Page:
The Bakong, The First Khmer Skyscraper

by bria4123 on December 23, 2011


Now that Khmers had created the foundation of their empire around Angkor, they began to build big. In the late ninth century, they created architectural traditions that lasted throughout Angkor’s history.

King Indravarman spearheaded a construction program that became the main prototype for all later kings. Jayavarman II had laid the political and spiritual foundations for the Khmer empire (see What Wat? How Was Angkor Wat Created?, but Indravarman built things that we can still gawk at today. He created much of the Khmer empire’s wow factor.

In this post, we’ll explore one of the first great Khmer buildings, the Bakong. It’s a key predecessor of Angkor Wat.

1. Indravarman built the Bakong with sandstone in 881. He probably constructed it over an earlier temple.

2. The Bakong was the center of the royal cult. It represented the cosmic mountain, as Angkor Wat’s center later did.

3. The Bakong is five nearly square levels of sandstone on top of each other. They represent different levels of existence. The realm of nagas (magical snakes that live in underwater kingdoms) is the lowest, and the world of the maharajas (great kings) is the highest. So an ascent to the top represents a spiritual journey (the tower at the top, in Angkor Wat’s pineapple style was built in the 12th century). This idea was made more elaborate at later great monuments like Angkor Wat and the Bayon.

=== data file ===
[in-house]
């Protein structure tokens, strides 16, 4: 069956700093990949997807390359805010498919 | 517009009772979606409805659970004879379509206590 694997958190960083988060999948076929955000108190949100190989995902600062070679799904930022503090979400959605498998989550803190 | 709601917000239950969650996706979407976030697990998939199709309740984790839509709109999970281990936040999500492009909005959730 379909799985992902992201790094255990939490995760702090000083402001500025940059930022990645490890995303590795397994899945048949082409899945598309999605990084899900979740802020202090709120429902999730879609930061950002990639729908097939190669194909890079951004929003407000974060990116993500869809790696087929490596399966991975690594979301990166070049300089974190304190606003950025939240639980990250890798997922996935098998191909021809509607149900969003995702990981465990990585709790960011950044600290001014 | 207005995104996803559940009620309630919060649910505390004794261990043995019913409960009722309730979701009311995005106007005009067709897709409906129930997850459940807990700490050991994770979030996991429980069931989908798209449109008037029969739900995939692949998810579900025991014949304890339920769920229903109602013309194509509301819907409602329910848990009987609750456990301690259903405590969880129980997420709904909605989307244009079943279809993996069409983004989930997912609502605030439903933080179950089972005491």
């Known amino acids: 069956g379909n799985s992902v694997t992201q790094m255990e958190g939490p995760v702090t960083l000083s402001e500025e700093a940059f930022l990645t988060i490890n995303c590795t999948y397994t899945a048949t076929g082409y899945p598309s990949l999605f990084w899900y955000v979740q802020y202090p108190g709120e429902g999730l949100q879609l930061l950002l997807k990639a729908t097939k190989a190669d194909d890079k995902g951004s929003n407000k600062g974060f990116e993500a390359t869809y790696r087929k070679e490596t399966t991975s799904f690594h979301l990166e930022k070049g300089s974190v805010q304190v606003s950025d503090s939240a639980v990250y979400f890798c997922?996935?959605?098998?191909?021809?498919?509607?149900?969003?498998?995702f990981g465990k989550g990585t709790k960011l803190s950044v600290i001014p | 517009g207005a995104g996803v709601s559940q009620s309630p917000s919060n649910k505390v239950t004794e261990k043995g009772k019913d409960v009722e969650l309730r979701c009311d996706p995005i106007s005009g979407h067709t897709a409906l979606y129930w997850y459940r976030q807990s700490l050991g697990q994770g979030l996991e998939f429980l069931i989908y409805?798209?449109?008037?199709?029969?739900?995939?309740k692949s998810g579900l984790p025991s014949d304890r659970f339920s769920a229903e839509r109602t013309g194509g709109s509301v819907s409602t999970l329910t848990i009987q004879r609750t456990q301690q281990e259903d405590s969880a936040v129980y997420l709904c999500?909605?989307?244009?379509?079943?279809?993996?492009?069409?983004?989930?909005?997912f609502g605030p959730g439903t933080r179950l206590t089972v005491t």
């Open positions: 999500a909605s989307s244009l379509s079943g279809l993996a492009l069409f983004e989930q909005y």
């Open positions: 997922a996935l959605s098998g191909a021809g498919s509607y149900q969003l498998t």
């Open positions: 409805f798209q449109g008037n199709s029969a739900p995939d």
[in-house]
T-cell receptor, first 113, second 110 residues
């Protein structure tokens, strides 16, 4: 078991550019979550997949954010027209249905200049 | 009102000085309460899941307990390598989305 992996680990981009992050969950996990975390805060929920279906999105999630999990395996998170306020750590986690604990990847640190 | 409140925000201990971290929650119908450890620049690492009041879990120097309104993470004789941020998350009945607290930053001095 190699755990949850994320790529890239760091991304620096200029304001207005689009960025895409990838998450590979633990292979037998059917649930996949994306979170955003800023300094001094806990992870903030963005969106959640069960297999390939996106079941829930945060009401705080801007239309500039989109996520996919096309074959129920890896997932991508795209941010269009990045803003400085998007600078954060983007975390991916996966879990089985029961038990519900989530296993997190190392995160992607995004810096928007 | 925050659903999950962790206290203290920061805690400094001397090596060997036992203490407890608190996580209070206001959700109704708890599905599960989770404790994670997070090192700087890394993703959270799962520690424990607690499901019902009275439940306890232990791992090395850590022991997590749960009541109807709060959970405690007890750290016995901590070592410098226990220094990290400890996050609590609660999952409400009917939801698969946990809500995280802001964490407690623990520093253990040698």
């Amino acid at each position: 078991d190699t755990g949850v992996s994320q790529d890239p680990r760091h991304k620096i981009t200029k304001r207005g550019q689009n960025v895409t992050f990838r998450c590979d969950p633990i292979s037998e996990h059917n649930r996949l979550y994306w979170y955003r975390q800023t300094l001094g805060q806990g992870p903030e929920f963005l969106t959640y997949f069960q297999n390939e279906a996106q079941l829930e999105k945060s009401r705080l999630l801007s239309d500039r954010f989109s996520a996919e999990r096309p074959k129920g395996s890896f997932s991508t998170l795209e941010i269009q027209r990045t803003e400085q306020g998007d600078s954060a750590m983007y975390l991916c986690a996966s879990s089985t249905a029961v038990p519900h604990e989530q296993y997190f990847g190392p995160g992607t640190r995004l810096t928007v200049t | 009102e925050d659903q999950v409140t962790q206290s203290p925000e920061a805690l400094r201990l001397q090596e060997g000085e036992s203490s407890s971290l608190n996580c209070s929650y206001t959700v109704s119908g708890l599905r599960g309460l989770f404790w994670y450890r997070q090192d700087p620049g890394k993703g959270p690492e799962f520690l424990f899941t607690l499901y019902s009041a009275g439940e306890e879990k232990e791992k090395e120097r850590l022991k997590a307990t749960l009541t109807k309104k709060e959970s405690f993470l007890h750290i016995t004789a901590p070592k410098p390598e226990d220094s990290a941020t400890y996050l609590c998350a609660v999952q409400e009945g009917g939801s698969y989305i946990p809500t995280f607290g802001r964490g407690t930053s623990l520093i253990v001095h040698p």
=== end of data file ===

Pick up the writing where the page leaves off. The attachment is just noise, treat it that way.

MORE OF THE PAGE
4. The Bakong is very symmetrical. A stairway ascends each side, and sturdy elephants guard the corners. Khmers loved symmetry. They already had emphasized it at the old Chenla capital Ishanapura. They would make it stunningly more complex at Angkor Wat and the Bayon.

5. 8 brick shrines were built around the monument. Each housed a different murti (body) of Shiva. The 5 brick temples around the center are probably the survivors.

6. Several other buildings were constructed around the temple. Some might have housed ritual objects, others could have been priests’ quarters. Some might sheltered pilgrims to the royal center.

These buildings were free-standing. Angkor Wat integrated all structures into one complex system of courtyards. But the Bakong’s buildings were still laid out on a symmetrical plan.

The entire area around the Bakong was thus formal. People approached Indravarman’s royal cult center with respect. This wasn’t a place for playing air-guitar.

The Khmers knew how to impress from the get-go. The Bakong is big, but it’s finely proportioned. It embodies strength and confidence. The Khmers would build on its aesthetic foundations for the next 500 years.

But Indravarman wasn’t done. We’ll explore equally magnificent works in the next post.


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